I was driving home from cubs when I caught a glimpse of my sister disappearing into her vehicle. I wondered out loud where she was going, and then remembered. Earlier she had issued an invitation that I barely acknowledged, caught up as I was in the state of my house and my empty stomach.
Now, I had a chance to replay our conversation. What a gift that invitation represented, and how ungratefully I had responded. Ashamed, I rushed home and gathered my crew. “Our neighbor has a whole batch of new lambs and wants us to come and help feed them”. My kids roared with excitement. With squeals of delight and a mass of confusion and chaos, we found ourselves loaded and on our way.
The farm smelt of sweet musty hay. The salt of the earth neighbors greeted us warmly and showed us the sheep. Those lambs, so small, so energetic eagerly came to the kids hands, sucking on fingers and nibbling on boots. A little black lamb was picked up and passed from child to child. The noise was deafening. Bleeting and snorting mingled well with the squeals and laughter of children. It was warm outside, and even warmer inside.
Once the kids were tired out of holding lambs, mimicking mothers, petting horses, chasing puppies and wading through mud, we moved to the backyard. The sun’s slow descent painted a blush on the cheeks of the sky. In it’s rosy light, the kids jumped and played tag, thoroughly enjoying each other and the crisp mountain air.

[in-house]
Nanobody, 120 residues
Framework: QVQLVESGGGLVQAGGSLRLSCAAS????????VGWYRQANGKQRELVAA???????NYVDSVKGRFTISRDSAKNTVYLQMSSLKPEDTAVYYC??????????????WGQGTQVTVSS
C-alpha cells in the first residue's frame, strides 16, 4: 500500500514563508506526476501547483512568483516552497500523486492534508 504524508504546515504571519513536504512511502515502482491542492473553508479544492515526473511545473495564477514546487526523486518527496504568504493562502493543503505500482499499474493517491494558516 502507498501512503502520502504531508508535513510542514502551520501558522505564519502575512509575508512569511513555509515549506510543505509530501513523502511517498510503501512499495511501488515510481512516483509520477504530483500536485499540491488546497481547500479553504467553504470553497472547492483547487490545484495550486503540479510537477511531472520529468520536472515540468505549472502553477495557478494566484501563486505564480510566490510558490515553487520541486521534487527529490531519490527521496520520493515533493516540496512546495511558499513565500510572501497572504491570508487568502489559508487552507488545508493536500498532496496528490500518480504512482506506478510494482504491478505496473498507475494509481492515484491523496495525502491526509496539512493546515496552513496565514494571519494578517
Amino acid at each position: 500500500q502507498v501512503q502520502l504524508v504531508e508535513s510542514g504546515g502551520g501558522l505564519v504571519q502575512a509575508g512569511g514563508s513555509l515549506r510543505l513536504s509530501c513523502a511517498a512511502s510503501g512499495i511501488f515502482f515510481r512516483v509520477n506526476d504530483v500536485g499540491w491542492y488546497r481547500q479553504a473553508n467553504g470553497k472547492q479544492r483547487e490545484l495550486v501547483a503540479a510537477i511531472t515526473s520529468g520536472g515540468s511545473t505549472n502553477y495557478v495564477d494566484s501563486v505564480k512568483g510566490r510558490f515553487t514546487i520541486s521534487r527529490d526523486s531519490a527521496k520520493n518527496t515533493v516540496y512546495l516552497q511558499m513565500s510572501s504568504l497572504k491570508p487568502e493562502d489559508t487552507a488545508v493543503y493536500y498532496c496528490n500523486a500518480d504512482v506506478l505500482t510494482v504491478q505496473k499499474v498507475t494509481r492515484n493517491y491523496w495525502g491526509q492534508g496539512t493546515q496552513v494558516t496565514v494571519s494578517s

Parents discussed trees, sheep, wind and gardens until it was time to return home. Tearfully kids gave hugs, ran around the yard one last time and then tumbled back into the suburban.
We talked of lambs, of spring, of hope and of THE LAMB. Why did Christ come to earth ‘like a lamb’. The Lamb of God, so pure and innocent, calls each of us. His invitation is clear; it is sincere. As stated in the LIVING CHRIST, “He entreats all to follow his example”.
This Easter, our family committed to do all we could to come closer to the Savior and follow Elder Holland’s Easter plea:
That these scenes of Christ’s lonely sacrifice, laced with moments of denial and abandonment and, at least once, outright betrayal, must never be reenacted by us. He has walked alone once. Now, may I ask that never again will He have to confront sin without our aid and assistance, that never again will He find only unresponsive onlookers when He sees you and me along His Via Dolorosain our present day. . . —may we declare ourselves to be more fully disciples of the Lord Jesus Christ, not in word only and not only in the flush of comfortable times but in deed and in courage and in faith, including when the path is lonely and when our cross is difficult to bear. This Easter week and always, may we stand by Jesus Christ “at all times and in all things, and in all places that [we] may be in, even until death,” for surely that is how He stood by us when it was unto death and when He had to stand entirely and utterly alone.